The Grand Canyon is a place viewed by multitudes, but only really experienced by those who choose to venture below the surface. A mile-deep labyrinth that swallows you up and consumes the worries of the world above with the daily tasks of survival and wonder. A landscape on a scale that is difficult to fathom…. My husband and I have spent about a dozen weeks of our lives on backpacking trips into various regions of the Canyon. It is a place of unparalleled majestic splendor…
In October we ventured below the rim… again, to see places we had not yet explored. Our first time down from the north rim along the North Kaibab trail… our first autumn backpack into the canyon… And.. the first time we would spend all of our time on a popular “corridor” trail… teeming with curious day hikers and fanatical “rim-to-rim” racers focused on time and reaching their next destination.
Our journey was comparatively slow… seven miles of hiking to the next camping spot each day with side trips and pauses along the way.
The North Kaibab trail begins in a forest of pine and aspen just beginning to turn golden. Color dribbles over the edge to trees perched on steep slopes overlooking the canyon below. The first 2 miles through the Coconino Sandstone are shared with daily mule trains that pound the trail and leave behind occasional odoriferous obstacles. The journey of mule riders stops at the Supai tunnel. From here the trail narrows and the switchbacks shorten and descend to a small bridge across the side chasm below.
The next 3 miles take us along a ledge of rock through the redwall and mauve limestone layers to the confluence of roaring springs and bright angel creeks. The expansive views are of this single canyon that runs through the bright angel fault that traverses the larger canyon- rim to rim. A couple of miles beyond, we are 4000 feet below the rim. Cottonwood campground lies on the banks of Bright Angel Creek where we soak our feet and gaze at the walls as the sun throws shadows across the bands of rock and the moon climbs into view. Above us the lights of the north rim lodge glow in the night sky.
The next day of hiking is relatively level…. down along Bright Angel creek as it winds its way to the Colorado River at Phantom Ranch. We stop for a couple of hours at Ribbon Falls to enjoy this place we had heard about so often but never yet experienced. The travertine ledge where the water splashes relentlessly is covered in moss and almost tropical vegetation… an oasis in this dry desert landscape. We pause to scramble in the rocks, photograph, sketch and … marvel at the view.
…. then we continue our journey downriver. The final 3 miles or so is between narrow canyon walls with occasional slot canyons feeding in. The precambrian rock is angular and crystalline. Every curve brings a new view.
Phantom Ranch is just as I remember it… although it has been nearly 30 years since I’ve walked here. We choose a campsite and venture back to the ranger station, cabins and store/cafe. People gather here from various routes… the rim-to-rim hikers pause to refill canteens, mule trains bring people dressed fashionably and carrying large bags packed for their overnight resort lodging and prepared meals, others amble up from rafts that stop along the river for the night. There is a ranger campfire presentation and community gathering for beverages and camaraderie in the cantina after dark. A unique and memorable experience to be found 14 miles along the trail.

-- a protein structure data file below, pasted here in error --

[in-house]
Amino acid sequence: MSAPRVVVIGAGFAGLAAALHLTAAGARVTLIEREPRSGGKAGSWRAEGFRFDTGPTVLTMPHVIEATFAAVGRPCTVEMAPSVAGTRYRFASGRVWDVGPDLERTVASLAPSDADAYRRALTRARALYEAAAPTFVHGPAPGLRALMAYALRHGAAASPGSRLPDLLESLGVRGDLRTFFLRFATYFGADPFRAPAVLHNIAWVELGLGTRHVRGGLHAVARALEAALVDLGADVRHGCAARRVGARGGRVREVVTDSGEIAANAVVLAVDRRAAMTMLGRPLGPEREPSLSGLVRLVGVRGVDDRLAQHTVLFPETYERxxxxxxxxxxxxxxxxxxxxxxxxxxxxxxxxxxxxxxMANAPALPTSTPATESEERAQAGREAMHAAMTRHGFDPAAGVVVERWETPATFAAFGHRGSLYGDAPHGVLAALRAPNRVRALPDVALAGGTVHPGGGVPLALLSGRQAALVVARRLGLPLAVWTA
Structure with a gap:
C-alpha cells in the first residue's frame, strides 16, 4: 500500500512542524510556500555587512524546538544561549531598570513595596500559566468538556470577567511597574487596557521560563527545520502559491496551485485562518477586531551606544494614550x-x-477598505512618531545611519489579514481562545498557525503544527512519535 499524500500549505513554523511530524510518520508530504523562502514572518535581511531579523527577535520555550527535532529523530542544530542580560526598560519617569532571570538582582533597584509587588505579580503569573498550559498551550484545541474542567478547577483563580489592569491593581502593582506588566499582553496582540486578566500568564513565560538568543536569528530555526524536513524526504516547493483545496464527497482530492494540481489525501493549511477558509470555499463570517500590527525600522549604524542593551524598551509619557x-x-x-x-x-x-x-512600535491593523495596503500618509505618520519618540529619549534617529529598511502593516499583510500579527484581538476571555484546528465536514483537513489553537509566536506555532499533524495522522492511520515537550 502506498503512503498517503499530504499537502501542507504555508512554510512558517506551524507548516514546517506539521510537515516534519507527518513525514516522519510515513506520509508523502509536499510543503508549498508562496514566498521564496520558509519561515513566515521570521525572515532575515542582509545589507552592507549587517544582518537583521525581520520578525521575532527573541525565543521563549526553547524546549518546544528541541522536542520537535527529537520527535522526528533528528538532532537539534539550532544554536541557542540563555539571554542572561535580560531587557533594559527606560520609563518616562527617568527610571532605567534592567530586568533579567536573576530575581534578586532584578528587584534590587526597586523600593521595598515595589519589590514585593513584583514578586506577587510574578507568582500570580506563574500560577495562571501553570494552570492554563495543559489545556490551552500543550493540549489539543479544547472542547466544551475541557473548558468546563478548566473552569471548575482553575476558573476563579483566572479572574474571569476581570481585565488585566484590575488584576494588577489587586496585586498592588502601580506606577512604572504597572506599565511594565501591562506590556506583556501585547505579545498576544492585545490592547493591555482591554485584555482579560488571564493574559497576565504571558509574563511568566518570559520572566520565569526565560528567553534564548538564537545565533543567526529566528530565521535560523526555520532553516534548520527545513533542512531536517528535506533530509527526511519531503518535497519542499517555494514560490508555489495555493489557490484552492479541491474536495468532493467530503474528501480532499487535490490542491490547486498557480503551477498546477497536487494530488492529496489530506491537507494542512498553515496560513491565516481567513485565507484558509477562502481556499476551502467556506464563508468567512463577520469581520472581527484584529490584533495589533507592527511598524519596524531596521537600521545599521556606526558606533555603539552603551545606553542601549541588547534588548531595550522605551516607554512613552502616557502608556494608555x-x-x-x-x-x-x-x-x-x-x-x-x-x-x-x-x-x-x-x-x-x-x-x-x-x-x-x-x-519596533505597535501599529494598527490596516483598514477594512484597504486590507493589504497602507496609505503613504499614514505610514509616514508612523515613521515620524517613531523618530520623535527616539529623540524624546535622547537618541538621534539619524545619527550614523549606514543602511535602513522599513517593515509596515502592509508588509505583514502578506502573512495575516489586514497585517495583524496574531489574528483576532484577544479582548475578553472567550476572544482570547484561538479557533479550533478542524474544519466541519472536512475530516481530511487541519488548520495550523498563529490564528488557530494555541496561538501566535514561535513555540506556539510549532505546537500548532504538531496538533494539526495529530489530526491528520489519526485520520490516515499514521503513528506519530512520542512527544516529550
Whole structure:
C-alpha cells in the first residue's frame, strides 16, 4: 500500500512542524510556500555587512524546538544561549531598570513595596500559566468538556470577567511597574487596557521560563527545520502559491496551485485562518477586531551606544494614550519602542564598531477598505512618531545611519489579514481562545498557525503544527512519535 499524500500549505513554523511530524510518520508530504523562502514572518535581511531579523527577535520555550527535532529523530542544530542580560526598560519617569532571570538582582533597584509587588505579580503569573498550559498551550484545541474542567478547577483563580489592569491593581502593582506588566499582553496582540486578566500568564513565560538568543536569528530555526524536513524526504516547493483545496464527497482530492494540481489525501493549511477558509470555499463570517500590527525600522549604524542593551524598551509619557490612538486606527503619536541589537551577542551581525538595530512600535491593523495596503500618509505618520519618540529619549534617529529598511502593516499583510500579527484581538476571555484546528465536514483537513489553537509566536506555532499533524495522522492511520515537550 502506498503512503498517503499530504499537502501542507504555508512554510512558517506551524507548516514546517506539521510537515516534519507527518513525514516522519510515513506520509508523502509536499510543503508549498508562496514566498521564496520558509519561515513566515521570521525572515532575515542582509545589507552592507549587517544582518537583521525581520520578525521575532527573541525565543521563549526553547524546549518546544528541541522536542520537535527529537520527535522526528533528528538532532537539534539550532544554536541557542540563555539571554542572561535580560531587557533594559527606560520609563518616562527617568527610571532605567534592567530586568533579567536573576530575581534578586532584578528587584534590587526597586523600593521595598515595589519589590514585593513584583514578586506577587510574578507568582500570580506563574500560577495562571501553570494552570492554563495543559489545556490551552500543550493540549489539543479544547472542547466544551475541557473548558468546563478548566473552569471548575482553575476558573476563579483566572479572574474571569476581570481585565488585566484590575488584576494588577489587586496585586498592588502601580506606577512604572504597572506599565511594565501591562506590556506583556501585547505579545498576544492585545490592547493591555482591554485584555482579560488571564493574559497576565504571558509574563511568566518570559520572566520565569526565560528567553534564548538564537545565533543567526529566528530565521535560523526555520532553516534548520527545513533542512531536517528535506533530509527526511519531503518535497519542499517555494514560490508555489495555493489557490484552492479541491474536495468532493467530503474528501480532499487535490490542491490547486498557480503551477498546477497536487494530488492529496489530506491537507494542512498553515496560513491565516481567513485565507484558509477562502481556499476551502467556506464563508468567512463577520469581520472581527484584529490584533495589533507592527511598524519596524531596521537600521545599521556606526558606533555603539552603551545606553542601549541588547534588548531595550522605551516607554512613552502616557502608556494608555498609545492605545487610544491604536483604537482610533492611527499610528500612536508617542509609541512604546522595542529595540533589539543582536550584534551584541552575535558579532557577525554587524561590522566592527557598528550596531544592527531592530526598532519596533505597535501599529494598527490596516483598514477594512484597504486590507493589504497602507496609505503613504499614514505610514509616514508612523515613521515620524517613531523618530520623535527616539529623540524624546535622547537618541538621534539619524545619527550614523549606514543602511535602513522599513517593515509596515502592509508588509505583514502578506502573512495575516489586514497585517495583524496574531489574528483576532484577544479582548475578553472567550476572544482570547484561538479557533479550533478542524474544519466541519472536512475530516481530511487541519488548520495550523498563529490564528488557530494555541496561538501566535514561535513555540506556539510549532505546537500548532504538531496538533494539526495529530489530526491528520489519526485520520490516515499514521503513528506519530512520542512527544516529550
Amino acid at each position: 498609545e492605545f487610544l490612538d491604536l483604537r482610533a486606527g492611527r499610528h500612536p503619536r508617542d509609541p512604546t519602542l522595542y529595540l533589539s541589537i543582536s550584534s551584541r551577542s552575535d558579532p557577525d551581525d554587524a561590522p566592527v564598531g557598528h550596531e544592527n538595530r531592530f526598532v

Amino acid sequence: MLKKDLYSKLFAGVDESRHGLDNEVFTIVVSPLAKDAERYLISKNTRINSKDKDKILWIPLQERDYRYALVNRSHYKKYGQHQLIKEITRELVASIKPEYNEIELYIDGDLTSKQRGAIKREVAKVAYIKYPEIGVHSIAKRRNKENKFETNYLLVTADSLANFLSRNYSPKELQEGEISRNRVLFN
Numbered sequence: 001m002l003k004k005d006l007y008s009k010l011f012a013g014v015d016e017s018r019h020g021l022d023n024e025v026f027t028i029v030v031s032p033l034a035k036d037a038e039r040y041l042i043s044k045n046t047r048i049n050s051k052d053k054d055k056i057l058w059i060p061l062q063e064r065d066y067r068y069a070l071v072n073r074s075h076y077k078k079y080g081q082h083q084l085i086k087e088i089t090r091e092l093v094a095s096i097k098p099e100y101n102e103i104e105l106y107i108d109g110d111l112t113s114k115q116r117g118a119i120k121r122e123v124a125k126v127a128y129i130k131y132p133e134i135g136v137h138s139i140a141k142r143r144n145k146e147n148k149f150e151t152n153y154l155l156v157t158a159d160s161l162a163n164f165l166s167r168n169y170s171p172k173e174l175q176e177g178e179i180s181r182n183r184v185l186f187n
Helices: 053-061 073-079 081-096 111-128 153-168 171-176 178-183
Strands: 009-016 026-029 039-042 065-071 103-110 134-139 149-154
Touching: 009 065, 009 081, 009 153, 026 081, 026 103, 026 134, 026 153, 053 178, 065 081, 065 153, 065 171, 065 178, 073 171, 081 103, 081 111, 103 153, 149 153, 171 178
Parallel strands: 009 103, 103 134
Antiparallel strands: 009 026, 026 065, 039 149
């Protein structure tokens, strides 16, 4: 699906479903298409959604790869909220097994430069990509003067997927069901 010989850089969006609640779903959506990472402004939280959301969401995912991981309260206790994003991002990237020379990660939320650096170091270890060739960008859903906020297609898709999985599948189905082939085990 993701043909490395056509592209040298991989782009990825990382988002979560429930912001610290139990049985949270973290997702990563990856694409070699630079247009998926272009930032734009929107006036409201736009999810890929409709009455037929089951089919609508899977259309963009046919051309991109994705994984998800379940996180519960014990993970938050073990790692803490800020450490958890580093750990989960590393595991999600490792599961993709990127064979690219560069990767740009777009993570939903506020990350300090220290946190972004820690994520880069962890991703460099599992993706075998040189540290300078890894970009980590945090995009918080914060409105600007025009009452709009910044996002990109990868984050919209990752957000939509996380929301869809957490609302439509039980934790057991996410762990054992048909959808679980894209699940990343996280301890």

We spend two nights here at the farthest point in our current journey… and the weather above us spills into winter. Snow on the rim… wind and drizzle here. After some mishaps involving our camping equipment, we chance to inquire about the availability of cabins here- unlikely, as they are typically booked months.. even years in advance…. but the inclement weather on the rim has changed somebody’s plans and we manage to secure a single night in a rock cabin designed by Mary Colter. It is simple and decadently luxurious at the same time. We are given a key to the bathhouse where we languish in a hot shower with soap and shampoo. We sleep in bunk beds with clean sheets … and splurge on a hot breakfast of pancakes, eggs and bacon prepared in the cantina. Our packs are dry and our spirits light as we gather our belongings and head back toward Cottonwood campground where we will spend another night on our way back to the north rim.
As we walk along the winding narrows of Bright Angel Creek, we contemplate the journey ahead… 14 miles of trail and a mile in elevation. I am running on gratitude… realizing that I am seeing and experiencing this place I love in all of its glory… and that I may not pass this way again. Enjoying the moment… loving the adventure.
The trek out is slow… the landscape stretches before us and above us as far as we can see… the views all around us are familiar and sacred. We stop for photos, for snacks and for pure pleasure.
The snow begins to pelt us as we climb the last couple of miles. We pull jackets from our pack and prepare for the below freezing temperatures we will encounter on the rim…
Another amazing week of wonder is behind us… captured in our memories.
On this trip, we discovered that having a flexible schedule is all that’s needed to secure time on these Grand Canyon trails. While advance backcountry permits are competitively issued four months ahead of time… Several permits a day are held back purposely for popular corridor campsites. We arrived at the north rim backcountry office during the most popular month for hiking this trail and secured a four night permit heading down the trail the very next morning! (we were prepared to wait up to 3 days on a waiting list)! Perhaps next time we will add a couple of nights off the corridor by advance permit… At Clear Creek or Horn. Or, more likely, we will hike down Hermits, Boucher, Bass or Nankoweep trail next time!
Would I like another opportunity to venture below the rim? Sure… Let’s Go!